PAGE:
...

[Edited on 26-10-2019 by AJKOER]


you have no basis for that first comment.
And you haven't addressed my point concerning reproducibility of experiments.


The actual answer to how much bleach (or chlorine) do you add is well known to those who actually know about it.
The simple answer is that you add enough oxidant to destroy all the reductants.
In effect, it is a titration- so the idea is well understood by chemists (except AJKOER).

https://blog.orendatech.com/breakpoint-chlorination-explaine...
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[*] posted on 26-10-2019 at 08:53


Wow Unionised, you may not realize what you just said, but to quote your source link:

"The oxidant demand in these cases can be chloramines, non-living organics, or any combination of both."

Which agrees, in part ('dissolved organics') with my generally suggested 'testing' of dissolved organics in water.

Now, what you do NOT apparently understand is that breakpoint chlorination relates to the use of excess chlorine to breakdown NH2Cl completely into N2, a step beyond problematic NCl3. The process assumes that some of the starting chlorine is lost due to the unknown amount of the problematic non-living organics and existing, if any, NH2Cl.

But, what if your water does NOT have any NH2Cl in your water source, and you do not want to add ammonia (more like pollute, in my opinion, with the creation of the much weaker disinfectant NH2Cl compared to HOCl). Then other testing is required!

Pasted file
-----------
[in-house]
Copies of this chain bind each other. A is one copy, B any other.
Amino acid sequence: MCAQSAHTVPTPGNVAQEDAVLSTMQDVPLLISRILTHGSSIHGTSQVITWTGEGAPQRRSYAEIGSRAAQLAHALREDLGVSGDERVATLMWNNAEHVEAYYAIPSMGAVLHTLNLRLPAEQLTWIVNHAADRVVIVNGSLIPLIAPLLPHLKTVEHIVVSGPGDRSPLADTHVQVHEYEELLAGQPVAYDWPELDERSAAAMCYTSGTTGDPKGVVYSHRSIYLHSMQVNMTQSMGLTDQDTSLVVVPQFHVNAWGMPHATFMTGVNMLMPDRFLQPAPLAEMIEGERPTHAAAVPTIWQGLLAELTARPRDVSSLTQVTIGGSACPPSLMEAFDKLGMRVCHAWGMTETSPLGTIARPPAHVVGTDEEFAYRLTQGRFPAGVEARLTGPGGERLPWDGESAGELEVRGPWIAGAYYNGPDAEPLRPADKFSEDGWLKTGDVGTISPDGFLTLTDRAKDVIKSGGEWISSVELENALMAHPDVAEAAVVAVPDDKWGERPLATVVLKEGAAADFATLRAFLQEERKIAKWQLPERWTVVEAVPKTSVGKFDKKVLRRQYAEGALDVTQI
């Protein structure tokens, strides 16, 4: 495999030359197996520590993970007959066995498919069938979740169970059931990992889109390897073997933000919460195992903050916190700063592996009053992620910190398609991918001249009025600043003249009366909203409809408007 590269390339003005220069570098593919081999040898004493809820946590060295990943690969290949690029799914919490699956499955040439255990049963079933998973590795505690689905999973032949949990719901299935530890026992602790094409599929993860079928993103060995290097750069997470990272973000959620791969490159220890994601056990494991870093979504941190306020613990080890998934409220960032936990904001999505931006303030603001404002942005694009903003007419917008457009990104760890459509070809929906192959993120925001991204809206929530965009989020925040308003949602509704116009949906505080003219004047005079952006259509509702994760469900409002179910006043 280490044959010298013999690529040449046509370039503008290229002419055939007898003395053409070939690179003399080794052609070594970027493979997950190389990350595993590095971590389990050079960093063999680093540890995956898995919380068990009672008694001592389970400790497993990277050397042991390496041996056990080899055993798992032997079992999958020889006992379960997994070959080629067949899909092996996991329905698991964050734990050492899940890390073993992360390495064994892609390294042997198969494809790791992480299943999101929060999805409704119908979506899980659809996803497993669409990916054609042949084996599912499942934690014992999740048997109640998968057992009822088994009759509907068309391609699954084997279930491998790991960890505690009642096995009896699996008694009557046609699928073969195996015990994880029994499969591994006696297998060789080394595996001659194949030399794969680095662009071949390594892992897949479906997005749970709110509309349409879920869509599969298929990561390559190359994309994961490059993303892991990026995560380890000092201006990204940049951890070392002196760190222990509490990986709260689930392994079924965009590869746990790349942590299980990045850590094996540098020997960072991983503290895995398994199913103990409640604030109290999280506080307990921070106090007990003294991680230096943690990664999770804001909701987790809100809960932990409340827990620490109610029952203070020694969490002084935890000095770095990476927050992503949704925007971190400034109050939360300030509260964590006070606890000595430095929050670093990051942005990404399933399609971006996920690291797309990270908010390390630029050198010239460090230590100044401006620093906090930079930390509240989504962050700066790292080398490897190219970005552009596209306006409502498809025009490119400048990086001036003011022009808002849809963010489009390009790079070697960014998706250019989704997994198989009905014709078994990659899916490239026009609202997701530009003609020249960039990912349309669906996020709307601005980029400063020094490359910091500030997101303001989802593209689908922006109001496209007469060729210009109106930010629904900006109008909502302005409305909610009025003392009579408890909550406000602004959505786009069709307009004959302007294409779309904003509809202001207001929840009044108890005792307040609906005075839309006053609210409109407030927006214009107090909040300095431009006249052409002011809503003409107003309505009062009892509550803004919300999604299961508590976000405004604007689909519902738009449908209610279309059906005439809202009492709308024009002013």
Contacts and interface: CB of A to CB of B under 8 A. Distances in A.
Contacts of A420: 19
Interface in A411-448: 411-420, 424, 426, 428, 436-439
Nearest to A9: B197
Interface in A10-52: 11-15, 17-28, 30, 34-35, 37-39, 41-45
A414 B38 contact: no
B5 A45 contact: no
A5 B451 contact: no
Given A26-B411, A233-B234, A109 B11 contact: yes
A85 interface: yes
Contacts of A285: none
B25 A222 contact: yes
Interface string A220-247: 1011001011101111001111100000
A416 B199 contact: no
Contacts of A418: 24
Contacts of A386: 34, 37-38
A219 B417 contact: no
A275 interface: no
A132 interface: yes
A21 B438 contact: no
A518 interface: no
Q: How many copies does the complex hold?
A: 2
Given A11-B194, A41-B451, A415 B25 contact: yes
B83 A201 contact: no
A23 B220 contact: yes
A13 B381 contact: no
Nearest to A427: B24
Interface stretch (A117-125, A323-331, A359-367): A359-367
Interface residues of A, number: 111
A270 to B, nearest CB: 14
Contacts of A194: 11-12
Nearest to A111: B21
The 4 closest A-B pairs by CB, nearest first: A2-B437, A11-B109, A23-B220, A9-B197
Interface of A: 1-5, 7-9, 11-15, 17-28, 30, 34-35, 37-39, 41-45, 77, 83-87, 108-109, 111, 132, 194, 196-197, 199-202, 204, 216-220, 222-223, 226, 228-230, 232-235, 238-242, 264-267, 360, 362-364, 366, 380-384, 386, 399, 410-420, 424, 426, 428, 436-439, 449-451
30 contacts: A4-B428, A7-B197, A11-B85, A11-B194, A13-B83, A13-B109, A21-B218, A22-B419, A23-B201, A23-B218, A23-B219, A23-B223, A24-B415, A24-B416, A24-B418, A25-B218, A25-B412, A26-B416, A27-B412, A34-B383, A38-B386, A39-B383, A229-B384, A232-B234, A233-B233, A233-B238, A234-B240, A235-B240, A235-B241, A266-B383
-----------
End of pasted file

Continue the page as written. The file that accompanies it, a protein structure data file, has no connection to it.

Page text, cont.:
Perhaps, per your reference, take a small sample, add a known amount of ammonia and note the amount of chlorine (a source of HOCl or just HOCl) that is needed from N2 evolution. Use this information to decide on the amount of NaOCl in your non-NH2Cl water source.

[Edited on 26-10-2019 by AJKOER]
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[*] posted on 11-11-2019 at 08:21


Quote: Originally posted by Boffis  
Hi RedDwarf, sorry I got confused between you and artemov's posts. Here in the NW of England there is a tendency for the rain to be high in sea spray so carries lots of chloride and sulphate so would require de-ionising anyway.


Out of interest Boffis, do you know how far inland that effect reaches and at what levels?
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[*] posted on 11-11-2019 at 19:57